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Inventory of the Guta Blas Weintraub Papers, circa 1922-2008
Inventory of the Guta Blas Weintraub Papers, circa 1922-2008
|Abstract:||Images and newspaper clippings of Guta Blas Weintraub, a Jewish resident of Łódź, Poland, who survived the Holocaust and immigrated to the United States after World War II, settling in Charleston, South Carolina. Pre-war images show members of the Blas and Weintraub families in Łódź and Bodzentyn, Poland. Wartime images show Leon Weintraub in a work camp in Starachowice, Poland, and Guta Blas in Sweden after her rescue. Post-war images show the Weintraubs in the Bergen-Belsen displaced persons camp and in Charleston. Newspaper clippings describe Blas's resistance when facing execution at Majowka and her later testimony against the guard who shot her.|
|Title:||Guta Blas Weintraub papers|
|Creator:||Weintraub, Guta Blas, 1924-2008|
|Extent:||0.1 linear feet
|Repository:||Jewish Heritage Collection, Special Collections, College of Charleston Libraries
66 George Street
Charleston, SC 29424
Phone: (843) 953-8016
Fax: (843) 953-6319
|Call Number:||Mss 1065-019|
|Language of Material:||Materials in English|
Guta Blas (1924-2008) was born in Łódź, Poland. Her father, Noach Blas, owned a textile factory and was able to send Blas and her younger brother, Moshe, to private Jewish schools. By 1940, Blas and her family escaped Łódź, which had been occupied by the Germans in September 1939, and fled to Starachowice-Wierzbnik, Poland, where Blas's mother, Bleema Goldwasser, had relatives. Blas and her parents were forced into the Tartak work camp in Starachowice, where Blas met her fiancé, Leon Weintraub, a fellow inmate.
In late 1943, Blas and her family were moved to another camp, Majowka, in preparation for deportation to Auschwitz. Once there, Blas and three hundred other inmates, including her parents, brother, and fiancé, were lined up in front of open graves to be executed. Before the executions could begin, Blas jumped on one of the Nazi guards from behind and attempted to choke him, creating a disturbance that saved all inmates from execution that day. Though Blas was shot in the head by the officer she attacked, the wound was superficial, and she was deported to Auschwitz with her family.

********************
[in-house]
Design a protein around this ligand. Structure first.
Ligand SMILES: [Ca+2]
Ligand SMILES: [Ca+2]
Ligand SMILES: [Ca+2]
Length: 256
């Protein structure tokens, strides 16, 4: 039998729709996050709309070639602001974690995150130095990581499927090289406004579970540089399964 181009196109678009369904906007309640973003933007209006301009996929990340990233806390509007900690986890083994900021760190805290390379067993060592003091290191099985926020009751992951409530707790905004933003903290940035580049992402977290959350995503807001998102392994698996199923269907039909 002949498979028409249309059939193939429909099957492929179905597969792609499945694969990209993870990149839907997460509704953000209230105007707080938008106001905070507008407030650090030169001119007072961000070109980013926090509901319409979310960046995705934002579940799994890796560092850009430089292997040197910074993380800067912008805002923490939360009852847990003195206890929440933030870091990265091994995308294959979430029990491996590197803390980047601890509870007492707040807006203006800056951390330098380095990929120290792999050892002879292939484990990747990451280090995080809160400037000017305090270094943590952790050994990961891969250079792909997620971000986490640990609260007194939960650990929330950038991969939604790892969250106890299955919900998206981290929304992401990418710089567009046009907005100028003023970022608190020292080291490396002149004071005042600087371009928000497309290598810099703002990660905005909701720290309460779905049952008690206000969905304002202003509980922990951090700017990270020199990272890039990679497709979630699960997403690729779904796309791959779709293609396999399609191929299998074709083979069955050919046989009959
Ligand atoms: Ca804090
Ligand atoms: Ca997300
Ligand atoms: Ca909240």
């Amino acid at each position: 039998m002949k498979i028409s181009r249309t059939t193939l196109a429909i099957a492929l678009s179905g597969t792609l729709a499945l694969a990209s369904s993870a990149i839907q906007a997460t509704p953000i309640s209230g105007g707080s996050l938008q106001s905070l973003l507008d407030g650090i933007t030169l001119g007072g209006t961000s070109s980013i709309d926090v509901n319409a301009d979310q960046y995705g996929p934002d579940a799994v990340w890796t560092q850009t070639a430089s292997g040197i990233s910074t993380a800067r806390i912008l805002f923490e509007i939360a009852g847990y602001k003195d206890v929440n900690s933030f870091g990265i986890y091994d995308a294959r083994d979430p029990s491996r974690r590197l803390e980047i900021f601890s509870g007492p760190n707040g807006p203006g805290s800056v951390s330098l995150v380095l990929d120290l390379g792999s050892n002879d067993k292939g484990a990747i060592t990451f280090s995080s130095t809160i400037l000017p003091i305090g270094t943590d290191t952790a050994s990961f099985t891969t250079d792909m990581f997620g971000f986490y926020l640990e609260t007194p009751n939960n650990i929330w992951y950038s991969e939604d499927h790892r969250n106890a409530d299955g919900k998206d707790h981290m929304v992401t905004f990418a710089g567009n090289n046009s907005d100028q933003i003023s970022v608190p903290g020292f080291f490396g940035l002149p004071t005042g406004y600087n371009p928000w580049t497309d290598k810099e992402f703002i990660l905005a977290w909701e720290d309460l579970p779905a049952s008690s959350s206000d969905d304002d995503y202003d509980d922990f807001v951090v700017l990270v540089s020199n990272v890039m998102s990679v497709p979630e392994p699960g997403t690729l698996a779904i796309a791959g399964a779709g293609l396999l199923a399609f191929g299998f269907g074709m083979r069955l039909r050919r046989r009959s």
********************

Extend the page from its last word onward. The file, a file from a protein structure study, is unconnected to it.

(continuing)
At Auschwitz, Blas's father and brother were sent to the Buna work camp. Blas and her mother remained in Auschwitz until they were forced to march to Ravensbruck in January 1945. Her mother died shortly thereafter. Blas was rescued by the Swedish Red Cross and spent the remainder of the war in Sweden. After the war ended, Blas returned to Poland to look for her father and brother and learned that they had both been killed. She also learned that Leon Weintraub, her fiancé, had survived and was in a hospital in Germany. Blas traveled to see him, and they married and stayed in the Bergen-Belsen displaced persons camp before immigrating to the United States in 1947.